Music to your ears, eyes and nose

Joris Petterson's new-age speaker system emits lights and smells that match the tone of your music playlist.

For many music lovers, sliding a record out from its sleeve and touching the needle down is a ritual that forms part of the listening experience itself. Joris Petterson, a 2014 graduate of Design Academy Eindhoven, created the Mood of Music speaker system to remind us that music has for years had a tangible context that was a by-product of our means of sound reproduction.

There’s more to music than just sound, Petterson points out. Music is an experience; it’s like an atmosphere.

As digital files become the norm for music distribution, the act of listening has changed. After having tactile representations of music for years, the sounds we now play back exist only as data; they are disembodied, with no physical form. Petterson seeks to return the experience to our music listening through his device.

Shaped like a classic gramophone horn in clear perspex, Mood of Music has a built-in speaker but also emits light, colour and scents to complement the music being played.

Petterson’s research took into account changes in people’s listening patterns. He observed that people often listen to music less as a primary activity and more as a background to other tasks. This results in listeners, and digital content providers like Spotify, naming and categorising their playlists according to the atmosphere they would suit – from a relaxed dinner party to a high-intensity dance session.

Instead of putting on a song, we put on an atmosphere, Petterson notes.

"Till today we were only able to hear this mood" as opposed to involving our other sense, he says. He gives some examples: “A playlist called ‘Dark & Stormy’ will be accompanied by bluish colours and the salty smell of the sea. Scratchy live-performances from Harlem will be supported with, for example, the smell of whisky and cigars.”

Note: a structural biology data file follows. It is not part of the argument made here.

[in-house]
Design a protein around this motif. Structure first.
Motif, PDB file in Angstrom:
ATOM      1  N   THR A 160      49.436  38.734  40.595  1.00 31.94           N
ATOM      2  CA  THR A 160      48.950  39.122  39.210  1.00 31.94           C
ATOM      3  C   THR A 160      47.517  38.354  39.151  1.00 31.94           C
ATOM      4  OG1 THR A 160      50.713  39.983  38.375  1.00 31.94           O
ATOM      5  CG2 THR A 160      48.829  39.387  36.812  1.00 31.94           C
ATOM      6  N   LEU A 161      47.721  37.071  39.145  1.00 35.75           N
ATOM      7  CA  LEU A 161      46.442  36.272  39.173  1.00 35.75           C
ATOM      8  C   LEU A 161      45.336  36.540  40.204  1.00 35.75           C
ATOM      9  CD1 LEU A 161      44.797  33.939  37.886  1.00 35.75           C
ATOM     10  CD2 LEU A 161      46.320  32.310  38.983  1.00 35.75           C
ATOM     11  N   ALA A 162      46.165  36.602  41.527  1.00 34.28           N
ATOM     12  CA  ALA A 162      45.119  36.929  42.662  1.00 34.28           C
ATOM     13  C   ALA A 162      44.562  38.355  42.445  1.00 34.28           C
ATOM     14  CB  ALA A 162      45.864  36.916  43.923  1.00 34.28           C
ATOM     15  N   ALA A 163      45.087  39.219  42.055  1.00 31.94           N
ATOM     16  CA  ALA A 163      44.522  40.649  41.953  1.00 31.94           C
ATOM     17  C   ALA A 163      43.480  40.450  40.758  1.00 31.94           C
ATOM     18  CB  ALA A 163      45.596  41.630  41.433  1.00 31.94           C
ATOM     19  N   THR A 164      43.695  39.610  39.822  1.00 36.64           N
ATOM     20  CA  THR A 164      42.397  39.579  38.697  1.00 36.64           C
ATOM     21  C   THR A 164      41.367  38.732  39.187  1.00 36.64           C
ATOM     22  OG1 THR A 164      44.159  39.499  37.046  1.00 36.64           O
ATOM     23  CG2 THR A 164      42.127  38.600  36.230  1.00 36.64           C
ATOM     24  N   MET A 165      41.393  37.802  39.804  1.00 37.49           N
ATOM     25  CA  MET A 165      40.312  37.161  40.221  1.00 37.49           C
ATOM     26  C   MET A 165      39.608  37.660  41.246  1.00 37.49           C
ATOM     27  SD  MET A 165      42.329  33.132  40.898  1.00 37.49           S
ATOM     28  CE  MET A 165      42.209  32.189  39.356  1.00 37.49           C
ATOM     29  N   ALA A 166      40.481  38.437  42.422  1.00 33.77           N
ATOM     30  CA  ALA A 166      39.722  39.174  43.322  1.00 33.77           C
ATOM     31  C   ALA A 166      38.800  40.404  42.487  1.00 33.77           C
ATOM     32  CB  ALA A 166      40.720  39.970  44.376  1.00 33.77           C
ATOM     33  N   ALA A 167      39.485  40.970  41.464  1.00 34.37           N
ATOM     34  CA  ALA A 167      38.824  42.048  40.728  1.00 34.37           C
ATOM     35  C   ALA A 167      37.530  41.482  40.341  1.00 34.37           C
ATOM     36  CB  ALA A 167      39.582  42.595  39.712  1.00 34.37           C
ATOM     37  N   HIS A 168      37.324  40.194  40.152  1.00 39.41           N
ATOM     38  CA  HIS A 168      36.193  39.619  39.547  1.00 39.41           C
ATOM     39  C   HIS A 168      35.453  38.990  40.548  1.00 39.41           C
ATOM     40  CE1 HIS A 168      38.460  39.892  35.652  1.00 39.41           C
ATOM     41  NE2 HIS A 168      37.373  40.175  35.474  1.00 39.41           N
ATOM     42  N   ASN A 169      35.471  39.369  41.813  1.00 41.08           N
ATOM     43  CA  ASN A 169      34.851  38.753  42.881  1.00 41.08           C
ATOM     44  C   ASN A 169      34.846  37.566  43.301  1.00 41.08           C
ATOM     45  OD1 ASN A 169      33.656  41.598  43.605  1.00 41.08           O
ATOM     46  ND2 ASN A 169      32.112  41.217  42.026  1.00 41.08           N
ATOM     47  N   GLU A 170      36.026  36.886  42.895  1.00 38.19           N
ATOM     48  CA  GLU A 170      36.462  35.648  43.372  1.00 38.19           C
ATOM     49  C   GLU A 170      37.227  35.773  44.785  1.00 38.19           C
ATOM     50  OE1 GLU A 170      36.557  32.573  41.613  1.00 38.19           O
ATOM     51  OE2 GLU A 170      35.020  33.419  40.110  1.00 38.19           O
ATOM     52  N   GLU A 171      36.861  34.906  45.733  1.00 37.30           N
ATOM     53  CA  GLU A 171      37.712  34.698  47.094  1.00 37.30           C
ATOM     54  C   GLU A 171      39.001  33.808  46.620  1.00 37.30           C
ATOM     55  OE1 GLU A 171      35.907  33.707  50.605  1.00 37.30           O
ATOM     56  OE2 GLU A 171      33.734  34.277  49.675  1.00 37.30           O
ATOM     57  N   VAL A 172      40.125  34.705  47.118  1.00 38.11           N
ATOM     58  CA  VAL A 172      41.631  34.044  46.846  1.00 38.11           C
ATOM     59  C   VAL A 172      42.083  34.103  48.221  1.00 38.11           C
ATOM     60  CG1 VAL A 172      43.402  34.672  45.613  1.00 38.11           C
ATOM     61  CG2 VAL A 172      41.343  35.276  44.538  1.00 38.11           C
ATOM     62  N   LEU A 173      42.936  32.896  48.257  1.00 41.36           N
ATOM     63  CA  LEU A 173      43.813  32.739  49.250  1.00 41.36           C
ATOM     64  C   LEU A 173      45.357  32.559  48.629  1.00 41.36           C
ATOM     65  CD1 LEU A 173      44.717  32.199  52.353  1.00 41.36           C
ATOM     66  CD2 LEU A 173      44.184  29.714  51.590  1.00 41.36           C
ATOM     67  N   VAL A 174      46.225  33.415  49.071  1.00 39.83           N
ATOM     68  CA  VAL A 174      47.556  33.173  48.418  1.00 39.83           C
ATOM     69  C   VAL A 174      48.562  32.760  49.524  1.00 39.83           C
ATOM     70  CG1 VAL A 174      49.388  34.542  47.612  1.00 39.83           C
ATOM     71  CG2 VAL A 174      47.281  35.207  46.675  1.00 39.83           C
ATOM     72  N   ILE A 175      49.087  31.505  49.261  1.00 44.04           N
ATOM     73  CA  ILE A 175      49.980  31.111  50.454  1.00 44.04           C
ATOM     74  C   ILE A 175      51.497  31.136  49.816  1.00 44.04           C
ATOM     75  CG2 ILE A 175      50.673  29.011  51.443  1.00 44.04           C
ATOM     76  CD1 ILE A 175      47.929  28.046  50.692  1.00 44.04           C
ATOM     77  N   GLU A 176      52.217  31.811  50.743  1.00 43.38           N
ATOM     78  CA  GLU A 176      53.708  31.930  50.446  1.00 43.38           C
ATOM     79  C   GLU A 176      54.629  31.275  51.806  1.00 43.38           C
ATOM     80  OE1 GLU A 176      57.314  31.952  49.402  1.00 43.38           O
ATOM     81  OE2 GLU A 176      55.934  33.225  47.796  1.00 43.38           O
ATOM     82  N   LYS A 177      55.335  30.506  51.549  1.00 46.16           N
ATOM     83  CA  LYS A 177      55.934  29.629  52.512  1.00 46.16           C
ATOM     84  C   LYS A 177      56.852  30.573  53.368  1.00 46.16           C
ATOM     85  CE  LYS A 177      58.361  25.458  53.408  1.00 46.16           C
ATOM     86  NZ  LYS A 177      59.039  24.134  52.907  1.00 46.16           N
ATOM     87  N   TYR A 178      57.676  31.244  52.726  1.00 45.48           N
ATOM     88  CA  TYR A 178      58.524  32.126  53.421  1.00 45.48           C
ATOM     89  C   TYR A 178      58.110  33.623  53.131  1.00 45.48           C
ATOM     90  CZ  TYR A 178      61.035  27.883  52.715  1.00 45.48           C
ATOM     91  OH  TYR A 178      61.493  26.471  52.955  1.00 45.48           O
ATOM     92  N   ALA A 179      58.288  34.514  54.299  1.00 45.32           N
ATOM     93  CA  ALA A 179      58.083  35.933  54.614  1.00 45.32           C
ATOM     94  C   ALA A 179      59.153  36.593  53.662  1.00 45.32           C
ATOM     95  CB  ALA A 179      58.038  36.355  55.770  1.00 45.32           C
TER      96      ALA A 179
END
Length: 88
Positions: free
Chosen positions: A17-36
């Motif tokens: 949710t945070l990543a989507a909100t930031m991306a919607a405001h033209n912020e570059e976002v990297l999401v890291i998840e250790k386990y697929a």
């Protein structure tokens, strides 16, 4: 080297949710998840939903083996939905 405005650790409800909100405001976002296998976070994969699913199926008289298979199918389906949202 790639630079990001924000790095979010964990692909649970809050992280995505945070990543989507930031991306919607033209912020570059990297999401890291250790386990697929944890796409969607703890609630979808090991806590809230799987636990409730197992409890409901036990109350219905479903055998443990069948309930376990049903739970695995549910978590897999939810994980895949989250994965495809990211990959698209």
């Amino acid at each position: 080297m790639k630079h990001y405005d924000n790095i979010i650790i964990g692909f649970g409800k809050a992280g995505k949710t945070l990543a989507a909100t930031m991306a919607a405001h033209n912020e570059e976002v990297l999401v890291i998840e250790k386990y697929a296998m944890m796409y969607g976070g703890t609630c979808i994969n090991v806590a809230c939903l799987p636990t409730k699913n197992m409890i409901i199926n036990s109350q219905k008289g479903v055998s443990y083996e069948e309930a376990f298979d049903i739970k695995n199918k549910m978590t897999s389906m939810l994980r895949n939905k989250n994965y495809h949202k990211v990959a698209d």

The speaker is wirelessly controlled from your smartphone, laptop or tablet to respond to what you play. It then uses metadata that is associated with your music files to generate outputs. For instance it can select light colours based on the image file attached to a song or playlist, such as a picture of the artist or album cover. Individual scents can also be ordered online and inserted for your personal preference.

Another of his graduate works, the Home Barista, indulges one of his personal passions – good coffee. He questions the current way we drink coffee, especially as consumers are more aware than ever of quality beans and interesting brewing techniques. “At home we drink our coffee prepared with one and the same method. Why don’t we vary more with coffee, like we do with food?” he asks.

The modular Home Barista system allows for a wide variety of brews, from cappuccino to espresso, and ensures that you can personalise every cup.

Much of Petterson’s work focuses on lifestyle and the importance of how we experience our daily activities. Growing up in the countryside formed the backdrop to his introduction to design – he says he caught the design bug at age 11 when he witnessed his parents’ renovation of a formal farmhouse into a modern dwelling.

During his studies in Eindhoven, Petterson specialised in product design, research and concept development. He learned that research played a huge factor in shaping the quality of the design outcome. “It turned out that the more I implemented research in my design process, the better the design got. It gave structure and grip. I believe that research stimulates innovation and inspires. It helps to step away from and rethink the existing,” he says.

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